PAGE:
There has been no formal announcement that Nusrat (Nus) Ghani is the new Science Minister – she just popped up as Minister of State (Minister for Science and Investment Security) on the BEIS website.
Comments by David Willetts at the Conservative Party Conference had earlier confirmed what we’d all suspected – the responses she’s been making to written questions on science and research do mean that she has taken up some version of the science brief.
Born in Dadayal, Kashmir, and growing up in Birmingham’s Ladywood as the daughter of a former headmaster who worked in a biscuit factory, the state-school educated Nusrat Ghani has BA in government and politics from Birmingham City University (then the University of Central England), and a Master’s in international relations from Leeds. The first woman from her family to attend college and university, she became a banker at Goldman Sachs before stints at Age UK, Breakthrough Breast Cancer, and on Foreign Office funded education and health campaigns for the BBC World Service in Russia and Afghanistan .
Joining the party in 2009 – in response to David Cameron’s plea for more diverse candidates – she was distressingly described as one of “Cameron’s Cuties” by the Daily Mail (alternatively one of “Dave’s Dolls” – this really was not acceptable even at the time). She initially stood for her home seat of Birmingham Ladywood seat 2010, finishing third behind Labour’s Shabana Mahmood.
This was a matter of no small controversy locally – the (then all-white) constituency association had initially selected Dominic Fisher before being overruled centrally and forced to re-run the process.
In 2013, Ghani was selected for the safe Conservative seat of Wealden via an open primary, having previously been longlisted in Croydon South and Mid Worcestershire. At the time she used her married name, Wheeldon (to facilitate a “Wheeldon for Wealden” campaign, I assume – her husband is Sky’s Director of Public Policy David Wheeldon) One of her first acts on selection was to use a Conservative Home conference to chastise the party for “just banging on about Europe and immigration” – a stance that perfectly suits her for a ministerial role in the Truss administration.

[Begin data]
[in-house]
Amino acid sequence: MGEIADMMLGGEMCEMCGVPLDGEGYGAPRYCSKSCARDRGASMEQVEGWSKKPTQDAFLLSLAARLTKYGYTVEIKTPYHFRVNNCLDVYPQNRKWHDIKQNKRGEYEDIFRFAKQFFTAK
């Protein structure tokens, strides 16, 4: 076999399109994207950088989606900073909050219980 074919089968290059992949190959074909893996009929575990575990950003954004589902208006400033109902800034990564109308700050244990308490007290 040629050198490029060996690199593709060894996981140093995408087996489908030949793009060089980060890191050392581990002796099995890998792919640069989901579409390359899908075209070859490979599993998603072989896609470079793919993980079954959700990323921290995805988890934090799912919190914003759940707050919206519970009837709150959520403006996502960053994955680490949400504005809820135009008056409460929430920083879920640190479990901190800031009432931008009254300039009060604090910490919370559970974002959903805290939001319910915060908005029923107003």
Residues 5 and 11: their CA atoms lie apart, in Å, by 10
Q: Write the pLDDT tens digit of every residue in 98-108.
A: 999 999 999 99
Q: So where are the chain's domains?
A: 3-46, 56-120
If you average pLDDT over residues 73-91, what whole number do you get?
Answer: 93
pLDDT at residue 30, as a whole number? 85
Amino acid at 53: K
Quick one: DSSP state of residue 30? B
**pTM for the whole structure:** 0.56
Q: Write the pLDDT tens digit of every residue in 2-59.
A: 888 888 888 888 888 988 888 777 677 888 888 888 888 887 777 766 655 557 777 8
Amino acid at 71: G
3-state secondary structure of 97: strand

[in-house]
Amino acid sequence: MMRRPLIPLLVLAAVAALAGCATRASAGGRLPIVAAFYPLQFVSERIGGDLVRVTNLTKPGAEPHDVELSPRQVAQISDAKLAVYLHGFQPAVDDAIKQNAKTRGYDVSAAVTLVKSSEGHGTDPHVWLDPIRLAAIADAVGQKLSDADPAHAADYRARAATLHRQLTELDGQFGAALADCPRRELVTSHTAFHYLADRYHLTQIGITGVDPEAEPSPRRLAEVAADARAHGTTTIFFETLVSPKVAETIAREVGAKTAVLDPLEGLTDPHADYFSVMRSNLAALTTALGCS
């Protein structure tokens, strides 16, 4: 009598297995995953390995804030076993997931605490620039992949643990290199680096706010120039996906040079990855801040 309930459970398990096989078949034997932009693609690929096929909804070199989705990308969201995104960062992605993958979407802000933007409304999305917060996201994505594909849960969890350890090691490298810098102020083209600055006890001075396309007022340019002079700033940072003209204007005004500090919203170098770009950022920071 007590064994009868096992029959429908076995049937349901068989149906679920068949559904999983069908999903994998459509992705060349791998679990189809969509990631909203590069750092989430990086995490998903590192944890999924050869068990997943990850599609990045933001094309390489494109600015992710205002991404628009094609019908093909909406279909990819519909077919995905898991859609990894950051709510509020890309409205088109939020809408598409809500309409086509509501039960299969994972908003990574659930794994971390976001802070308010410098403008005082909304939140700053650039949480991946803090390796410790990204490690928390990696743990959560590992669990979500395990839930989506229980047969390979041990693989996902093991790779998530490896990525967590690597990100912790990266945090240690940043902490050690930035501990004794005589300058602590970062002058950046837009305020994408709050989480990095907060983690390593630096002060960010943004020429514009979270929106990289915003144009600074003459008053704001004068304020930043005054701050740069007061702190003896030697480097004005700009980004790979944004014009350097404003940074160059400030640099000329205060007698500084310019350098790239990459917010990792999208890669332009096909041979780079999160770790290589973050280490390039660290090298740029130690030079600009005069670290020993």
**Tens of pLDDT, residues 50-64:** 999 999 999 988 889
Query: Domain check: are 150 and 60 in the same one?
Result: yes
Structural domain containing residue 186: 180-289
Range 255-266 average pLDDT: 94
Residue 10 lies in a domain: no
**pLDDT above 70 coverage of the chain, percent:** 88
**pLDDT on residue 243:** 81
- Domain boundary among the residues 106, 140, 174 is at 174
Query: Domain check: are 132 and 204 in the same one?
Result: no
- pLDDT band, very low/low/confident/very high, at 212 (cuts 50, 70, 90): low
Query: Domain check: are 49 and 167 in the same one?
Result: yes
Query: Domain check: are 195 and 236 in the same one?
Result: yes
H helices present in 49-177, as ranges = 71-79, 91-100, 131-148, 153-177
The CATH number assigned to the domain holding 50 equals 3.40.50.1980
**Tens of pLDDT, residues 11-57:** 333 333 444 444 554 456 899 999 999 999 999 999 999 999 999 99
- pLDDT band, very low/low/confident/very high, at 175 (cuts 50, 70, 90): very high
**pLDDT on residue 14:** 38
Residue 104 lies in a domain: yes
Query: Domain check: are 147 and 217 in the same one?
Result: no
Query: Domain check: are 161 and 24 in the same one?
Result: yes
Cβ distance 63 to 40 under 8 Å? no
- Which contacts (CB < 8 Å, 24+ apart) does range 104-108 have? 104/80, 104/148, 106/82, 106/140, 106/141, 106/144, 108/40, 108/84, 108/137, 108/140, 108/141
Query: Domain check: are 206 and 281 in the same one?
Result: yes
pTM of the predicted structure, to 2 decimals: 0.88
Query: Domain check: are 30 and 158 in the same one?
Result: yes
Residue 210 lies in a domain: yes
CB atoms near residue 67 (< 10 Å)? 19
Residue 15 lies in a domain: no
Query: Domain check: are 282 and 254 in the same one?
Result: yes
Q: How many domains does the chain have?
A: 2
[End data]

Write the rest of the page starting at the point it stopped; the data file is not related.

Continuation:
Wheeldon for Wealden
Extending her predecessors landslide vote by 0.4 percentage points (to 57 per cent), her distaste for “banging on about Europe” was visible in her maiden speech:
We must be careful not to turn the debate about our membership of an institution into a close minded attempt to pull up the drawbridge. This country’s at its best when it’s open to the world, embracing opportunities and welcoming people who want to contribute. It will not have escaped the House’s notice that my roots are from further afield than East Sussex.
As a backbencher she received threats online after voting for airstrikes on Syria, successfully called for a review of the actions of Sharia courts in the UK as a member of the Home Affairs Select Committee, supported HS2, and urged the government to update laws on Sunday trading. She declared early for Leave, alongside Andrea Jenkyns and Penny Morduant – though there was some media speculation that this was to garner support from constituency grassroots members rather than from any deep personal conviction (Wealden voted narrowly for Brexit).
A rectangular red covered bean cushion
In the leadership convulsions that followed she initially backed Boris Johnson, before switching to Theresa May when he withdrew. To mark the Queen’s 90th birthday -Ghani , along with the people of the parish of Withyham, sent: